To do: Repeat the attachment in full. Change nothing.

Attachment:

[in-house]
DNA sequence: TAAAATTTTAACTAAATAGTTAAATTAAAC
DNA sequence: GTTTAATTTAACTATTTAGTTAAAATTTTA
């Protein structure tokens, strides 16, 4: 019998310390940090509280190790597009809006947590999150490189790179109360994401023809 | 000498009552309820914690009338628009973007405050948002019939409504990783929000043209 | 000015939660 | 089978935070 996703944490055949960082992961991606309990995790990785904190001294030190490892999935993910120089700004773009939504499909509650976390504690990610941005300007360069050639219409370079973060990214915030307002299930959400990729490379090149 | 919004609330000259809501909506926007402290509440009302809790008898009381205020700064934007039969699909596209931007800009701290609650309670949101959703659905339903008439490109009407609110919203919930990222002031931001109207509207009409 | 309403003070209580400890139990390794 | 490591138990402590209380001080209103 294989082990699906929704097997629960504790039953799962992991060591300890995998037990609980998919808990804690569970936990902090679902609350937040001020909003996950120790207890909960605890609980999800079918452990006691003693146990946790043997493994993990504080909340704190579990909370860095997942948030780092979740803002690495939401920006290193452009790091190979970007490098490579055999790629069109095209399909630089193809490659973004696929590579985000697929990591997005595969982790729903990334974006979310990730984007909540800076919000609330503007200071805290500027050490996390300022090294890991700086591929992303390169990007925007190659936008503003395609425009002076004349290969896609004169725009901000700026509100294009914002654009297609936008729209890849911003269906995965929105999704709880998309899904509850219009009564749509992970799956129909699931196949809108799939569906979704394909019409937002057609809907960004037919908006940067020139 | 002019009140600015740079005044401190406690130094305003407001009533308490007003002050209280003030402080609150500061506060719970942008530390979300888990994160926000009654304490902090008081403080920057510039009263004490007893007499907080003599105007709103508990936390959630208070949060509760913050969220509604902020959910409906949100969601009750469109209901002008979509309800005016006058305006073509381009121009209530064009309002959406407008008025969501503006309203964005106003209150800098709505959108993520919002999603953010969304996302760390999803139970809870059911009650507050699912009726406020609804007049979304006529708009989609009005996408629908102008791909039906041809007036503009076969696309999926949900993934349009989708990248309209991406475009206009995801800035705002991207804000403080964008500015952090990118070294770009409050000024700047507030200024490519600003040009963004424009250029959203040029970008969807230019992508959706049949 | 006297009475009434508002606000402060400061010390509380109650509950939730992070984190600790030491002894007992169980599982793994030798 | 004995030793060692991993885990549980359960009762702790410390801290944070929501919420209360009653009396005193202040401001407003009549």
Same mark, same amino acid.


[in-house]
DNA sequence: TAAAATTTTAACTAAATAGTTAAATTAAAC
DNA sequence: GTTTAATTTAACTATTTAGTTAAAATTTTA
């Protein structure tokens, strides 16, 4: 019998310390940090509280190790597009809006947590999150490189790179109360994401023809 | 000498009552309820914690009338628009973007405050948002019939409504990783929000043209 | 000015939660 | 089978935070 996703944490055949960082992961991606309990995790990785904190001294030190490892999935993910120089700004773009939504499909509650976390504690990610941005300007360069050639219409370079973060990214915030307002299930959400990729490379090149 | 919004609330000259809501909506926007402290509440009302809790008898009381205020700064934007039969699909596209931007800009701290609650309670949101959703659905339903008439490109009407609110919203919930990222002031931001109207509207009409 | 309403003070209580400890139990390794 | 490591138990402590209380001080209103 294989082990699906929704097997629960504790039953799962992991060591300890995998037990609980998919808990804690569970936990902090679902609350937040001020909003996950120790207890909960605890609980999800079918452990006691003693146990946790043997493994993990504080909340704190579990909370860095997942948030780092979740803002690495939401920006290193452009790091190979970007490098490579055999790629069109095209399909630089193809490659973004696929590579985000697929990591997005595969982790729903990334974006979310990730984007909540800076919000609330503007200071805290500027050490996390300022090294890991700086591929992303390169990007925007190659936008503003395609425009002076004349290969896609004169725009901000700026509100294009914002654009297609936008729209890849911003269906995965929105999704709880998309899904509850219009009564749509992970799956129909699931196949809108799939569906979704394909019409937002057609809907960004037919908006940067020139 | 002019009140600015740079005044401190406690130094305003407001009533308490007003002050209280003030402080609150500061506060719970942008530390979300888990994160926000009654304490902090008081403080920057510039009263004490007893007499907080003599105007709103508990936390959630208070949060509760913050969220509604902020959910409906949100969601009750469109209901002008979509309800005016006058305006073509381009121009209530064009309002959406407008008025969501503006309203964005106003209150800098709505959108993520919002999603953010969304996302760390999803139970809870059911009650507050699912009726406020609804007049979304006529708009989609009005996408629908102008791909039906041809007036503009076969696309999926949900993934349009989708990248309209991406475009206009995801800035705002991207804000403080964008500015952090990118070294770009409050000024700047507030200024490519600003040009963004424009250029959203040029970008969807230019992508959706049949 | 006297009475009434508002606000402060400061010390509380109650509950939730992070984190600790030491002894007992169980599982793994030798 | 004995030793060692991993885990549980359960009762702790410390801290944070929501919420209360009653009396005193202040401001407003009549």
Same mark, same amino acid.